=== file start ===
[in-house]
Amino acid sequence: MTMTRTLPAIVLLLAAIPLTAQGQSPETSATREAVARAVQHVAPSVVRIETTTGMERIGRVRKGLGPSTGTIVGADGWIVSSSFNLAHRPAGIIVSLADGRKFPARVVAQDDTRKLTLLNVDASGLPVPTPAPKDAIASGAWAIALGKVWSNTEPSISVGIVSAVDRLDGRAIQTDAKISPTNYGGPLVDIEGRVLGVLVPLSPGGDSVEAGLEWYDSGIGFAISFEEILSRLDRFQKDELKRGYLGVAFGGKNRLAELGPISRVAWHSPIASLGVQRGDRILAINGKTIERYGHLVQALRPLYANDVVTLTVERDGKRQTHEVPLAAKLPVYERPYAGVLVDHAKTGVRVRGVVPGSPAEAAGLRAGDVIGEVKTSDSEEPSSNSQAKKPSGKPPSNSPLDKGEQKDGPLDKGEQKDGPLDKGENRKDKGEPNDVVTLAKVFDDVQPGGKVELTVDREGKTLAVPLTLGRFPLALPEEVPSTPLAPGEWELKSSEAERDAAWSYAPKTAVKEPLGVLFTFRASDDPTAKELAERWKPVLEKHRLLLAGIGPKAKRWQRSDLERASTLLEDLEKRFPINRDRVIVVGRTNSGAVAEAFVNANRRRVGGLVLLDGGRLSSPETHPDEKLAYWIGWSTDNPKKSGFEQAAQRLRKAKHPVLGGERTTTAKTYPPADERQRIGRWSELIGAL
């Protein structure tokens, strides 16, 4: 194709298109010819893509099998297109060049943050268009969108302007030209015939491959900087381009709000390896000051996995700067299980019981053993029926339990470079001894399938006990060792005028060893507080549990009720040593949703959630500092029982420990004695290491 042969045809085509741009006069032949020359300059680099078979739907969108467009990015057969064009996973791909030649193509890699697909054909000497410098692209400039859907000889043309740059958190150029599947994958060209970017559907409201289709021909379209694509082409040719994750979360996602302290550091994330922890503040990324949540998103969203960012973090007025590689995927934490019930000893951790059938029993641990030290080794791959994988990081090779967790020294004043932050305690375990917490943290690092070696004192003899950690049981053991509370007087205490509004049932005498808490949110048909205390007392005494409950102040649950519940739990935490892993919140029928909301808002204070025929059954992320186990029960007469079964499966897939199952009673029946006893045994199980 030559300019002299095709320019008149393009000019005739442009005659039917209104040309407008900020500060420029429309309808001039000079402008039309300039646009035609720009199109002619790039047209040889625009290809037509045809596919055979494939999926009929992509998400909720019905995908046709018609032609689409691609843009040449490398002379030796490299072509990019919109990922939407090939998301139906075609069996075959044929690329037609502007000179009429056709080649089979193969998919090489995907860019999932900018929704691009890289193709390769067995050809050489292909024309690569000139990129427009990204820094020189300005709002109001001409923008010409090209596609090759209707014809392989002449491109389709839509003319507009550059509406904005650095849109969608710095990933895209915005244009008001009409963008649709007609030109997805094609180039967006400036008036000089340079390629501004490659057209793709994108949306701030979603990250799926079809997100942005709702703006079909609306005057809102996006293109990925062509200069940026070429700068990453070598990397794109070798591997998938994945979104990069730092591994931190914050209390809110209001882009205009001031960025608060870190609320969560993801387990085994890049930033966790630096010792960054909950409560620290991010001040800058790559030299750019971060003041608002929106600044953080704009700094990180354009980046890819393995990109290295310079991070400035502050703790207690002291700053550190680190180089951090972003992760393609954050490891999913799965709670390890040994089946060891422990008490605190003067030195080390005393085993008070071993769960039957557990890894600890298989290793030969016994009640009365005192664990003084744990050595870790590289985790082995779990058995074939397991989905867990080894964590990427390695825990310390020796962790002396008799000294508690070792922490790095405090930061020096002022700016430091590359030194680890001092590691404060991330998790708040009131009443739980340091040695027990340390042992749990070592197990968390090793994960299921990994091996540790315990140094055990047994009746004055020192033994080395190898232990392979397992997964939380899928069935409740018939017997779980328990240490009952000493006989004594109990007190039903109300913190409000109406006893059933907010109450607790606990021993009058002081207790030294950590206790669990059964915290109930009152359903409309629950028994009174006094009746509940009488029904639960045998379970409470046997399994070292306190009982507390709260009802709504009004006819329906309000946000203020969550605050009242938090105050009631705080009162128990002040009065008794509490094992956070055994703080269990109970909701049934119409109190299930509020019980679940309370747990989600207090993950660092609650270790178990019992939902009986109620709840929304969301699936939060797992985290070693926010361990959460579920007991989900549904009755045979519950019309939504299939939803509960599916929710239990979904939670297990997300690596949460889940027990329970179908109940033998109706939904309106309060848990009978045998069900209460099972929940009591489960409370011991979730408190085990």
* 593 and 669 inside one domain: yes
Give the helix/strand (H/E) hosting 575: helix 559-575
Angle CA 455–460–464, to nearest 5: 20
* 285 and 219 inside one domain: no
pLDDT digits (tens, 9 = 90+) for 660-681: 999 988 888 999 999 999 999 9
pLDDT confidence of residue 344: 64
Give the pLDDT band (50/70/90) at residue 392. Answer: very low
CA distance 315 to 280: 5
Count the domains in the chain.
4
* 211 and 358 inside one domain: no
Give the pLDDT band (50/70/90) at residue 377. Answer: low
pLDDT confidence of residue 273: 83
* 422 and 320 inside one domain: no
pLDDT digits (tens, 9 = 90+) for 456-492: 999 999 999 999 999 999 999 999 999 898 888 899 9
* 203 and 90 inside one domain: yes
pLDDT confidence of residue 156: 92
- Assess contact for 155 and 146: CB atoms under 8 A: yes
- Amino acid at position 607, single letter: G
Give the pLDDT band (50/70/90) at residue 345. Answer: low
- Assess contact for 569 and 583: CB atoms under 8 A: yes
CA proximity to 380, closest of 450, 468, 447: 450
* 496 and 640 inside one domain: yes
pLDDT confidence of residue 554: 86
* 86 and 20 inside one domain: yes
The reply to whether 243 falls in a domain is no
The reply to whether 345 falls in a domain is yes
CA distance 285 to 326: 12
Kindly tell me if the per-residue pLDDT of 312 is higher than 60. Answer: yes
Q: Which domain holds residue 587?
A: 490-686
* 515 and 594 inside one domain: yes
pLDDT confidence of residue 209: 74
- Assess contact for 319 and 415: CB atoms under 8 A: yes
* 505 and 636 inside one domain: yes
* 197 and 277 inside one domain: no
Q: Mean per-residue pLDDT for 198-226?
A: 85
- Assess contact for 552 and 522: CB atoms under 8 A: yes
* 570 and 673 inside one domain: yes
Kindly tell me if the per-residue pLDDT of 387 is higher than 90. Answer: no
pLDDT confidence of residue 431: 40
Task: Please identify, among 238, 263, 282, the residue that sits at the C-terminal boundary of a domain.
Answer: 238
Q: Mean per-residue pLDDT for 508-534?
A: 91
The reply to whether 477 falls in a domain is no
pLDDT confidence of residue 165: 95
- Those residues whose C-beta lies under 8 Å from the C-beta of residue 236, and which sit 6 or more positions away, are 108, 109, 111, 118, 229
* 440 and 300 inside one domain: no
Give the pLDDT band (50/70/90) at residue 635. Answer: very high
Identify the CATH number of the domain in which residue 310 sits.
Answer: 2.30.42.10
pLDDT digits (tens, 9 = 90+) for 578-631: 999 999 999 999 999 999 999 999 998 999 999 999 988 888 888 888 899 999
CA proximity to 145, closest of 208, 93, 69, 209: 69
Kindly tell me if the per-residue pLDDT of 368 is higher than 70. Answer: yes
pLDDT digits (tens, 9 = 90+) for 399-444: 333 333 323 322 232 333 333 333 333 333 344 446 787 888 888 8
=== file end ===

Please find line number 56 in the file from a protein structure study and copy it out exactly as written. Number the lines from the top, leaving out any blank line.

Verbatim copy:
Answer: 2.30.42.10